Friday, May 14, 2004

Summer Movie Season Week 2: The 200 Million Dollar (fill in the blank)

TROY: I'm probably going to be in the minority here. From everything
I've heard going into this, the movie is either middle of the road
boredom (sans Roger Ebert) or there is quite a bit of fun to be had
among the silliness (sans Chris Atkinson). Me, I thought this was a
200 million dollar pile of dung. The fact that we could actually take
a step backwards from "Van Helsing" is amazing to me, but "Troy"
accomplishes that feat.
To note on a couple of things Chris pointed out as being good things
in the film. Yes, Eric Bana gives a good performance, and Brian Cox
and Peter O'Toole are very solid, but all three of these people belong
in a much better film. A lot of people are noting the action sequences
as being well paced, but I found them to be rather tedious and
confusing, and there is nothing here I haven't seen done better in even
fairly mediocre action period pieces. And while the one-on-one battles
are more interesting; I've always found this a ridiculous concept in
war movies; how many one-on-one fights really take place in this
manner. And the cliches don't stop there; of course we have Peter O'Toole
and Helen with a balcony seat taking in all the mayhem with plenty
of close-up looks of shock to go along with the action.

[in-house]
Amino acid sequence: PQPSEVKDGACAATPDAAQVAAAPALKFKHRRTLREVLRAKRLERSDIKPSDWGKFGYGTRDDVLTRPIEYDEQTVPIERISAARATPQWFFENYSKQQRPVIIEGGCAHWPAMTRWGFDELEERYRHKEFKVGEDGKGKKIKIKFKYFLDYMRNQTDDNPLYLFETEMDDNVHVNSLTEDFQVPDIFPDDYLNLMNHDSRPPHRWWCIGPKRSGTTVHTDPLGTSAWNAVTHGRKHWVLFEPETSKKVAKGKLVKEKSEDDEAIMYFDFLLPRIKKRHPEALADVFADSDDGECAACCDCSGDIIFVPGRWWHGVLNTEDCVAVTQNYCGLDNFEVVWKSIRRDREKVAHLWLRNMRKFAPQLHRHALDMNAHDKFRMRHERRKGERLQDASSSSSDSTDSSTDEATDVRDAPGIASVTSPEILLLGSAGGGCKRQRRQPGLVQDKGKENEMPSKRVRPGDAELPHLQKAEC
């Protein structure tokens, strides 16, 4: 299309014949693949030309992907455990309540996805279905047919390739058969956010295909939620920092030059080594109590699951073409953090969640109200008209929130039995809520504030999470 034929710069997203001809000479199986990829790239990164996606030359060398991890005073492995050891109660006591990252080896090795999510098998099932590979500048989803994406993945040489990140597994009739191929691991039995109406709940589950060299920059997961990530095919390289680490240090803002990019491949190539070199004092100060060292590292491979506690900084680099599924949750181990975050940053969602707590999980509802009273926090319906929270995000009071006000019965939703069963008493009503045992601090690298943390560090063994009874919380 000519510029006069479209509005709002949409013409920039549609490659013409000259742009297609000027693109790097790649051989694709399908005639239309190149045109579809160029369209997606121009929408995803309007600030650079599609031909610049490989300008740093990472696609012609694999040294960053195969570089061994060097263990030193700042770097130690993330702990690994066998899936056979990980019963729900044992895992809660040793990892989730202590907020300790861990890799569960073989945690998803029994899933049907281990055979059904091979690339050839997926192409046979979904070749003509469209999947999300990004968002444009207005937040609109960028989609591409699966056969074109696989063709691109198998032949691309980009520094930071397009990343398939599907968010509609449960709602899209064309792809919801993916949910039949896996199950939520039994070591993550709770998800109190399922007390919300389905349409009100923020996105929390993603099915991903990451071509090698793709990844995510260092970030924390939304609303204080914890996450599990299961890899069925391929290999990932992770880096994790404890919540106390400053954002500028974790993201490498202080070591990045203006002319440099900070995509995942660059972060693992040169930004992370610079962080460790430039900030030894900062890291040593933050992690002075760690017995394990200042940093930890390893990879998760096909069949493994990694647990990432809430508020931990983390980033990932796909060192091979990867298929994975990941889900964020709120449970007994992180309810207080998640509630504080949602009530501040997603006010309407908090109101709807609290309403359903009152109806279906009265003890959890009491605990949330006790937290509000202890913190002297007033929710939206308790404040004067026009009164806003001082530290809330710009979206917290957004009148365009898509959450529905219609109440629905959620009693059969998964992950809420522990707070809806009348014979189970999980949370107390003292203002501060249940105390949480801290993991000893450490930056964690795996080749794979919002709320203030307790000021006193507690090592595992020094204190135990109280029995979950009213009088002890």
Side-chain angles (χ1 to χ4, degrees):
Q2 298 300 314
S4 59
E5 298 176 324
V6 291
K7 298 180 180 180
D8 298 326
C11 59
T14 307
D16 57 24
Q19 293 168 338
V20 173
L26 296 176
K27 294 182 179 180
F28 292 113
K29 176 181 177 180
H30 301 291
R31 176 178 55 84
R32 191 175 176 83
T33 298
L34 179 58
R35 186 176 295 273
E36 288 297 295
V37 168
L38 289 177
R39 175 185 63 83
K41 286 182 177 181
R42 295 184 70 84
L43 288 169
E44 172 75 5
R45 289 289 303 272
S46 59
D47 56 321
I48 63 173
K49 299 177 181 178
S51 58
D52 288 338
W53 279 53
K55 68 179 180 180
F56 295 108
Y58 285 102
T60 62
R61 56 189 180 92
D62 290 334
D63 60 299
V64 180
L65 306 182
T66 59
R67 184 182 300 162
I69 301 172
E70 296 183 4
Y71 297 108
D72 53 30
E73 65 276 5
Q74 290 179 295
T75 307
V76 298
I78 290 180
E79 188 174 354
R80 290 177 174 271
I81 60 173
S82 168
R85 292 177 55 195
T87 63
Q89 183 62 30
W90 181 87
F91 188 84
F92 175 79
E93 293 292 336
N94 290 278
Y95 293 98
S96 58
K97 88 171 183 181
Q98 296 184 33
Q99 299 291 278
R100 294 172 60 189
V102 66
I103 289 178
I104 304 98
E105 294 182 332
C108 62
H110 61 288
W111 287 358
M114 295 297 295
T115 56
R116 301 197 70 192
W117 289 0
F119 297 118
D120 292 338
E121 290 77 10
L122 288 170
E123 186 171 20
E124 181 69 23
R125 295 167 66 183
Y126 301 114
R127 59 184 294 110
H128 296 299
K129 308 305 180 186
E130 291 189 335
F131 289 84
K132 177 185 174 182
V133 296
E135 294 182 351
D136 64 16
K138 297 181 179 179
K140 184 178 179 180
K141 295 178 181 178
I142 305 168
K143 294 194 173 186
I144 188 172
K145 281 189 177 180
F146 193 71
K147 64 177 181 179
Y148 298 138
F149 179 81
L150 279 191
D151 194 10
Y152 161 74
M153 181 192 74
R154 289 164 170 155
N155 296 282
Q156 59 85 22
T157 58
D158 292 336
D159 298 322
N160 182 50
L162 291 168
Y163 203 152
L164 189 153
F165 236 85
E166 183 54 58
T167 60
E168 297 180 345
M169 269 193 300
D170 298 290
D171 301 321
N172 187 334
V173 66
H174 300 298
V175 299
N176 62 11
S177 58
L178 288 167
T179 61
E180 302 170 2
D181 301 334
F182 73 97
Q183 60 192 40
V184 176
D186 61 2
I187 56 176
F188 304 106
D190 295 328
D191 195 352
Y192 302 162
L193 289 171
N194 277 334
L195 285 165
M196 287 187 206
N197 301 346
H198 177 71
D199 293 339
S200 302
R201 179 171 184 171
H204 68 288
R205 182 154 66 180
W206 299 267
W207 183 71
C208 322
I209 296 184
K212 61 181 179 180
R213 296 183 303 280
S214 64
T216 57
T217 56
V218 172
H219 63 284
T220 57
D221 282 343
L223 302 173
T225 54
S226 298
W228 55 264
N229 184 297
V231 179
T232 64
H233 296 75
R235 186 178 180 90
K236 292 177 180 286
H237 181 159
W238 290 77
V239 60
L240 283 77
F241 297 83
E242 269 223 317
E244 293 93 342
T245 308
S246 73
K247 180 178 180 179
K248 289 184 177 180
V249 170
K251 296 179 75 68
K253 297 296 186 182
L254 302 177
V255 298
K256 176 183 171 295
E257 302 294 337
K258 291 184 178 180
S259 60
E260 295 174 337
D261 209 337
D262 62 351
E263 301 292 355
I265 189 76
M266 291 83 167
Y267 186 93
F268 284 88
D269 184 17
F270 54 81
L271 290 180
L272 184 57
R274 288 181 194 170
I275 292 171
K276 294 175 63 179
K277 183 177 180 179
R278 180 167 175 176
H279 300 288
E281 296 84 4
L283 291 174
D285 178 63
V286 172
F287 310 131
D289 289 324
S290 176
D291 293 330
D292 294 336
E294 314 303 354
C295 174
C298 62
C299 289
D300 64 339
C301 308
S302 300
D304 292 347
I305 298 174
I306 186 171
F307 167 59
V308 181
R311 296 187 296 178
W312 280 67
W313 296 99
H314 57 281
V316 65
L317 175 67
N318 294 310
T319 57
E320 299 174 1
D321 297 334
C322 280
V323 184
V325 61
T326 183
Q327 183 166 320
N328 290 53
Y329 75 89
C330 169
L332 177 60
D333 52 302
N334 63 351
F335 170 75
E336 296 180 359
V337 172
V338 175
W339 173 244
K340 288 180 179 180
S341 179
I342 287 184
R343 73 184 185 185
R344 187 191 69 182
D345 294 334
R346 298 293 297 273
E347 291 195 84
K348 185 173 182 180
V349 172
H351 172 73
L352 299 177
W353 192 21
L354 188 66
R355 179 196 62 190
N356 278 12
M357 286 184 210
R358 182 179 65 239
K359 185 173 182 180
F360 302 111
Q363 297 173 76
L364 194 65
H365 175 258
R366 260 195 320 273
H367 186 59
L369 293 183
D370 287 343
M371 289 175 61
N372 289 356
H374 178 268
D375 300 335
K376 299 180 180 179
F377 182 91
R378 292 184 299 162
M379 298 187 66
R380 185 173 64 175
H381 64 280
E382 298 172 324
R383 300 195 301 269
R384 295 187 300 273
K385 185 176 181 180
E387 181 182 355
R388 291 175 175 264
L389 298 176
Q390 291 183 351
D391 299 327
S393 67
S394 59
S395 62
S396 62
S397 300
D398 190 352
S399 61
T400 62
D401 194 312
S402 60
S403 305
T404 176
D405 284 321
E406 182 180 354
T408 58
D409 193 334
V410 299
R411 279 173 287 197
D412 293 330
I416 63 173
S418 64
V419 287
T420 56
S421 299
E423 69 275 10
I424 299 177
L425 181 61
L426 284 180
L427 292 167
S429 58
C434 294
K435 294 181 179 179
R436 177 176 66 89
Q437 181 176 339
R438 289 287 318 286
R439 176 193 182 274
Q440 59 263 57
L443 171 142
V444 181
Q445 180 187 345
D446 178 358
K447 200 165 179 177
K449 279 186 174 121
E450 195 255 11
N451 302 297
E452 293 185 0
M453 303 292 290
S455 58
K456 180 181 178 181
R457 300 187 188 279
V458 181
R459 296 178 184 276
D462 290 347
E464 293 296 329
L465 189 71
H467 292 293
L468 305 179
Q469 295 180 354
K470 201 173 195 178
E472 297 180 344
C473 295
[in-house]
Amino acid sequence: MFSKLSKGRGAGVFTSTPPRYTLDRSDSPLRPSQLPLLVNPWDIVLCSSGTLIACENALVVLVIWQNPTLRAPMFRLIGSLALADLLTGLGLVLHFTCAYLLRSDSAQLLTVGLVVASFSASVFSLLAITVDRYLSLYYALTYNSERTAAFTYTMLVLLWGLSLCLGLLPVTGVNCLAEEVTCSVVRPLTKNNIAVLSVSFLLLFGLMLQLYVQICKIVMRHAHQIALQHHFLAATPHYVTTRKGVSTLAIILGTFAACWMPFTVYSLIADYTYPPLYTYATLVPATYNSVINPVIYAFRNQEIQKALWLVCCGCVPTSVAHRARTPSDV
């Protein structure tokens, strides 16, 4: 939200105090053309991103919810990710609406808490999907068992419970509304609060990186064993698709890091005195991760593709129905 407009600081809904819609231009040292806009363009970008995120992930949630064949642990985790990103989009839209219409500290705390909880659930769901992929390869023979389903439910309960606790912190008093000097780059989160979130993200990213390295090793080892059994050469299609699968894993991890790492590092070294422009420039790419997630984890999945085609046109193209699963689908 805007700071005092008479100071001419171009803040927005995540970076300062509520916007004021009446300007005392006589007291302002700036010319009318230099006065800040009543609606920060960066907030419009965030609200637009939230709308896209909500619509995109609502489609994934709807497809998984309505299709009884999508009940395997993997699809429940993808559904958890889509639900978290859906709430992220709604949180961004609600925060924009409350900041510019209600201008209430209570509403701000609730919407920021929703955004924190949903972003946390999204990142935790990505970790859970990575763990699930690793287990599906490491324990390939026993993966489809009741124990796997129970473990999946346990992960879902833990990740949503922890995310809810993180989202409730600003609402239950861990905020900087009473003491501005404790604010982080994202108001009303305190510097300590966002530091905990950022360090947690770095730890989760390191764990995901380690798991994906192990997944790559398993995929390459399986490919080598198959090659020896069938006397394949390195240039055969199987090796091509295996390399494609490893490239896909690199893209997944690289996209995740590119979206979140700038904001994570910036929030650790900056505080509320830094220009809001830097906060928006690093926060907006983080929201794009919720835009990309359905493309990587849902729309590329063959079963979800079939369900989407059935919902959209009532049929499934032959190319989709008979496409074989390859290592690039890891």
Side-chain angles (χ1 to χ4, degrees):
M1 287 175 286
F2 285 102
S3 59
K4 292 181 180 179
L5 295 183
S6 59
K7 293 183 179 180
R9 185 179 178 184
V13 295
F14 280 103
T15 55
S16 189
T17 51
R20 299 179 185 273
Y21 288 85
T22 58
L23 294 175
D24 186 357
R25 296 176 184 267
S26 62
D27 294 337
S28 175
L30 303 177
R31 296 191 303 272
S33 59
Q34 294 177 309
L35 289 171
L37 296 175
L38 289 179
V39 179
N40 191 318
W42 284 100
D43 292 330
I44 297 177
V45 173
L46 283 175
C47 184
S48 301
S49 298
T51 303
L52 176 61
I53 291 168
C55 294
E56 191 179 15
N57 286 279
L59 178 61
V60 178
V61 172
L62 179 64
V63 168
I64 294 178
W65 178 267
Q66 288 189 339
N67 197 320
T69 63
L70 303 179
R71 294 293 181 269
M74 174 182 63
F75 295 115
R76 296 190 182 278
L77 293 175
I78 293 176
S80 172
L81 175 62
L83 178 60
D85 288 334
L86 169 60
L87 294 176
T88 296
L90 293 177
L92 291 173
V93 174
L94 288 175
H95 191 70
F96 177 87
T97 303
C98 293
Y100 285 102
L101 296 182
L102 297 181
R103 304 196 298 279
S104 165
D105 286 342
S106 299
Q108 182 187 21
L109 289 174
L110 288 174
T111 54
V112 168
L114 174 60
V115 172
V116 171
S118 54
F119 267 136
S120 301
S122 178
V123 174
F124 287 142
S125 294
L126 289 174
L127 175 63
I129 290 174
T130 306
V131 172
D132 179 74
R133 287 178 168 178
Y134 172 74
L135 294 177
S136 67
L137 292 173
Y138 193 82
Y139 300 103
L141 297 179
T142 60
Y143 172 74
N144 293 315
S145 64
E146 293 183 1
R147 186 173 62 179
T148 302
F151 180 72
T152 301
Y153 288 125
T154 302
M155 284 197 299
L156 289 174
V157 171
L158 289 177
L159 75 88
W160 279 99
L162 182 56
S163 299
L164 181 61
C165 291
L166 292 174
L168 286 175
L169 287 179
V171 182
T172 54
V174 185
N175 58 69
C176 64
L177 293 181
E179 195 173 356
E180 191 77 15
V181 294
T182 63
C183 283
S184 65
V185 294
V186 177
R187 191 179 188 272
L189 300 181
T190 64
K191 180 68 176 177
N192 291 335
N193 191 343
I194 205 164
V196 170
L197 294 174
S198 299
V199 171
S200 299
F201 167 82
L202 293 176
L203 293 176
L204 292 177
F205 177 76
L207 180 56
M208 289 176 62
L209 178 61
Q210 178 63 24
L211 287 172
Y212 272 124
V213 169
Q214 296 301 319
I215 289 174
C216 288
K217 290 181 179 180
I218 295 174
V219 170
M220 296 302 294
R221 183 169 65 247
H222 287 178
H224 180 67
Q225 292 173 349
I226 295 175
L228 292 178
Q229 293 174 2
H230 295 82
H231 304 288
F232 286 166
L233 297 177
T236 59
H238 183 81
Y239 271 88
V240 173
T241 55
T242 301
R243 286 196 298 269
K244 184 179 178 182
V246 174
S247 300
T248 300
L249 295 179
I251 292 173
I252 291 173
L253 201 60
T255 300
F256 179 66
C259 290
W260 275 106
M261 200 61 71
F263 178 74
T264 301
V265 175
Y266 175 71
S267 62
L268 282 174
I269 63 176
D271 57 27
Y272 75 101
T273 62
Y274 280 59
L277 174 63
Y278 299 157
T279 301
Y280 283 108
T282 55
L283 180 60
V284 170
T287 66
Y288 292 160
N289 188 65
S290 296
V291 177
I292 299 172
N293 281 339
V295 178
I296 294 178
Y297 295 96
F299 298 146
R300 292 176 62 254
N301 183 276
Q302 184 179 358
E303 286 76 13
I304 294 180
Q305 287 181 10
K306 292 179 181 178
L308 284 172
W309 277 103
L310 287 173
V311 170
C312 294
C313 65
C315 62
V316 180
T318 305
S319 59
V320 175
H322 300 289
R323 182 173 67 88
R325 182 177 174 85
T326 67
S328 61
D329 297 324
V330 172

As for Brad Pitt and Orlando Bloom. Last week, I noted how Richard
Roxburgh's portrayal of Dracula is one of the worst acting jobs I
have ever seen; well, Pitt comes close to topping this. He is so
bad in this movie; he obviously put a lot of effort into this role,
and maybe he took it a little too far. Granted, he is not helped out very
well with all of the terrible dialouge and the close-ups of his
far away glances; his looks of seriousness if you will. Orlando
Bloom is someone I have yet to like in a film. As good as "Pirates of
the Carribean" is, Orlando Bloom is definately an eyesore in the
picture, and in a really bad film, he only comes off worse, and you
can see the terrible actor that he truly is. But this movie will
make some money, and he will be looked at as a bankable star. Even
though its his surroundings and not him that is putting people in
the seats.
I think my biggest gripe with this film is its concept and approach.
Wolfgang Petersen's goal here is to place the characters of Greek
Mythology into a more realistic, humanized setting. They are mere
mortals in the hands of this filmmaker, but the problem is that the
reason the characters of Greek Mythology are so interesting is that
they are larger than life. Hell, half of our favorite action characters
such as John Rambo, John McClaine, the Terminator, Martin Riggs have
a lot of these same mythological attributes. When you take that away
from them, they become ordinary side-kicks, and in an action film I want
to see some imagination, some larger than life creations; not these
boring ass characters I could give two shits about that I saw in "Troy."
If I were to make a list of my least favorite films of all time they
would include films such as: "Showgirls," "Legend," "Dirty Dancing,"
"Batman and Robin," "Indecent Proposal," etc. "Troy" falls somewhere
here among these montrosities. I really thought it was that bad.

"Is there no one else?"


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